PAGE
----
# Finding a plane's weight and horizontal acceleration at takeoff

• cbchapm2
In summary, the conversation discusses the forces acting on an airplane during takeoff and how to calculate the weight and horizontal acceleration of the plane. The weight of the plane is equal to the vertical force acting on it, which is found by using the equation Fy = Fsin(theta). The horizontal acceleration can be calculated using the equation Ax = Fx/m, where Fx is found using Fx = Fcos(theta).
cbchapm2

## Homework Statement

On an airplane's takeoff, the combined action of the air around the engines and wings of an airplane exerts a 8240-N force on the plane, directed upward at an angle of 75.0° above the horizontal. The plane rises with constant velocity in the vertical direction while continuing to accelerate in the horizontal direction.

What is the weight of the plane in N?

What is it's horizontal acceleration?

## Homework Equations

Force in the x direction: Fx=Fcos(theta)
Force in the y direction: Fy=Fsin(theta)

To find the weight of the plane, I would first find the mass and then use the equation
W=m X g, g being -9.8 m/s^2.

To find acceleration in the x direction, I would use Ax=Fx/m

## The Attempt at a Solution

I found Fx and Fy like so:
Fx=8240cos(75*)
=2132.67 N

Fy=8240sin(75*)
=7959.23 N

I'm stuck on what to do after that...if I try to use the original force given 8240 N in the F=mg equation to find the mass, I get 840.82 kg. If I were to try and plug that back into the W=mg equation, I would just get the same original force that I was already given.

I need the mass to find acceleration, and I know I would do so by using the Ax=Fx/m. I have the Fx, I just need to know how to find the mass.

Help?

Thanks!

The plane rises with constant vertical speed so the vertical force, which you say is 7959.23 N, must be exactly equal to the weight of the airplane, mass times g.

So you're saying that the 7959.23 N is my weight of the plane? I guess that would make sense, since it's a constant vertical speed (y direction)...

Got the right answer for both questions! Thanks so much!

Firstly, great job in finding the components of the force in the x and y direction! To find the weight of the plane, you are on the right track in using the equation W=mg. However, in this case, we need to use the weight of the plane as the force in the y direction, not the original force given. This is because the weight of the plane is acting in the opposite direction of the upward force exerted by the air, balancing it out. So, we would have:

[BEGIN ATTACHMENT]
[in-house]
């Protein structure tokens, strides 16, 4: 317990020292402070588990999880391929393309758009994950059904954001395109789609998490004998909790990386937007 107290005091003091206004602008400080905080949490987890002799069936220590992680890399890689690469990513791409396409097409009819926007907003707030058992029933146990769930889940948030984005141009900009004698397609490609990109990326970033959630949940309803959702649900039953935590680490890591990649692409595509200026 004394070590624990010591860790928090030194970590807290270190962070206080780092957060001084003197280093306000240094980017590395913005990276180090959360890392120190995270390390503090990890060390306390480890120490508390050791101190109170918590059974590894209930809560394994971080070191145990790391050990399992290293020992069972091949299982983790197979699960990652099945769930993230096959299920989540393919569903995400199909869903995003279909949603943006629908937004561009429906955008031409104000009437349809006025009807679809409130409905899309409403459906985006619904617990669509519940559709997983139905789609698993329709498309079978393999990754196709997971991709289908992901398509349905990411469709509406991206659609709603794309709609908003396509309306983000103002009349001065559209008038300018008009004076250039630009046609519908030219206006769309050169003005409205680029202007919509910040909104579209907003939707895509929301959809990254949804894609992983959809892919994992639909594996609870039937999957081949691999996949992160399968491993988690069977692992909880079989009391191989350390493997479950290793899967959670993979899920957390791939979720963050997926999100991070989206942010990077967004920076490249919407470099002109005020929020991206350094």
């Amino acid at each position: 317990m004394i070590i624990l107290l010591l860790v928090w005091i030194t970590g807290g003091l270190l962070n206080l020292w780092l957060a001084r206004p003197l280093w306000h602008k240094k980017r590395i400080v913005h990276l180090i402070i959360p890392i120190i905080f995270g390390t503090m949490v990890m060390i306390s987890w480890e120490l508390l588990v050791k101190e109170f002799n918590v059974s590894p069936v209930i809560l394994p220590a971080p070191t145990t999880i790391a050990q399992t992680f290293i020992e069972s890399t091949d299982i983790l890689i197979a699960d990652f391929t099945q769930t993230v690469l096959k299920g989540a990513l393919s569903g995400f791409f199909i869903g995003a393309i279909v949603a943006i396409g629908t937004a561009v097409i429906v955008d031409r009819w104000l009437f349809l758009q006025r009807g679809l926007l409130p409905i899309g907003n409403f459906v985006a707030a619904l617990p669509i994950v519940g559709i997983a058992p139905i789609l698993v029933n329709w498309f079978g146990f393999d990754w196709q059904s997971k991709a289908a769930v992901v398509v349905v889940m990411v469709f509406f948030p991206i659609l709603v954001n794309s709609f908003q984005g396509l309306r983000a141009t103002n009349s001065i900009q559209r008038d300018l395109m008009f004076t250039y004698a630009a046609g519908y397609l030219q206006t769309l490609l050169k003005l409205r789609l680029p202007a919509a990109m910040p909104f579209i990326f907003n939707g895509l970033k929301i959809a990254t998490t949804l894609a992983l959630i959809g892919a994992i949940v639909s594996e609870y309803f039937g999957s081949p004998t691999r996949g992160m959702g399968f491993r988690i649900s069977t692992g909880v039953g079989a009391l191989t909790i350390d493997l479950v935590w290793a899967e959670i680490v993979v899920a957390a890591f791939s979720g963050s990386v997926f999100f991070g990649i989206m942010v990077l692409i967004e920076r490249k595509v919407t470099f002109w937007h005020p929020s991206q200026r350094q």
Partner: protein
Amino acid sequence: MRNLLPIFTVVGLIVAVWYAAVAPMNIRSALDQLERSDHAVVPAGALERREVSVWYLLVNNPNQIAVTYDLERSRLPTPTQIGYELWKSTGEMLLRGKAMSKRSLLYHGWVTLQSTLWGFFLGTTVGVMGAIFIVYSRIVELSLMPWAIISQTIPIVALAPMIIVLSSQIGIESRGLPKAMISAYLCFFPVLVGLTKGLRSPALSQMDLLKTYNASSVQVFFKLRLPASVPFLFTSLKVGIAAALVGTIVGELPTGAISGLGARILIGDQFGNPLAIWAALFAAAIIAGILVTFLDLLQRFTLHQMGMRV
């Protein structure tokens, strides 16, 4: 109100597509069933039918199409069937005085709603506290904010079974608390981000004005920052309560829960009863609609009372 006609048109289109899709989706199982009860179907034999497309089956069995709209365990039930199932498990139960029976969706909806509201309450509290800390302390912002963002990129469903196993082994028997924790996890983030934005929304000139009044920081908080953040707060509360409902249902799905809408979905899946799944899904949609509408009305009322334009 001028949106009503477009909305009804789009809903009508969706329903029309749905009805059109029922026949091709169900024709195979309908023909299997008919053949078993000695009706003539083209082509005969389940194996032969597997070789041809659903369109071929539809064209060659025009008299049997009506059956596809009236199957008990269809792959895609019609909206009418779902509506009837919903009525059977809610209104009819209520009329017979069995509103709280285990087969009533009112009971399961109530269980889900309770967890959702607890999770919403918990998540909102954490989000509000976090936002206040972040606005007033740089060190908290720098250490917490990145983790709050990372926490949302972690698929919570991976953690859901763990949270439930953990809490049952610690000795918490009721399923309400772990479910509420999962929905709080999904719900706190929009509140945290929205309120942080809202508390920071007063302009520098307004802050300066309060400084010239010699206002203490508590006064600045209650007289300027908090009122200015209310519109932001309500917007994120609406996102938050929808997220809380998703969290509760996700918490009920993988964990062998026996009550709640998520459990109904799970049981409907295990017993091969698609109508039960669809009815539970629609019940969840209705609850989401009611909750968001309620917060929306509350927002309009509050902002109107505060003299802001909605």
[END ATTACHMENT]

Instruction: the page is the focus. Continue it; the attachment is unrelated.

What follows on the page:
W = 7959.23 N

Next, to find the mass of the plane, we can rearrange the equation to m = W/g. Plugging in the value for weight and the acceleration due to gravity, we get:

m = 7959.23 N / 9.8 m/s^2 = 812.17 kg

Now, to find the horizontal acceleration, we can use the equation Ax = Fx/m. Plugging in the values for Fx and m, we get:

Ax = 2132.67 N / 812.17 kg = 2.63 m/s^2

Therefore, the weight of the plane is 7959.23 N and the horizontal acceleration is 2.63 m/s^2.

Hope this helps! Keep up the good work.

## 1. How is a plane's weight and horizontal acceleration determined at takeoff?

At takeoff, a plane's weight and horizontal acceleration can be determined using a combination of mathematical calculations and data from the plane's instruments. This includes factors such as the plane's mass, engine thrust, air resistance, and runway length.

## 2. Why is it important to know a plane's weight and horizontal acceleration at takeoff?

Knowing a plane's weight and horizontal acceleration at takeoff is crucial for ensuring safe and efficient flight. This information helps pilots make necessary adjustments to achieve the proper speed and lift needed for takeoff, and also ensures that the plane is not overloaded beyond its capacity.

## 3. What are some methods used to measure a plane's weight and horizontal acceleration at takeoff?

There are several methods used to measure a plane's weight and horizontal acceleration at takeoff. These include using load sensors on the landing gear, calculating thrust-to-weight ratios, and analyzing acceleration data from the plane's onboard sensors.

## 4. How do external factors such as weather and runway conditions affect a plane's weight and horizontal acceleration at takeoff?

External factors such as wind, temperature, and runway conditions can greatly impact a plane's weight and horizontal acceleration at takeoff. For example, a strong headwind can decrease the required takeoff speed, while a wet or icy runway can increase the amount of runway needed for takeoff.

## 5. What are the potential consequences of incorrect weight and horizontal acceleration calculations during takeoff?

If the weight and horizontal acceleration calculations are incorrect during takeoff, it can lead to serious consequences. The plane may not have enough speed or lift to take off properly, or it may become overloaded and unable to safely complete the flight. This can result in accidents, damage to the plane, and potential harm to passengers and crew.

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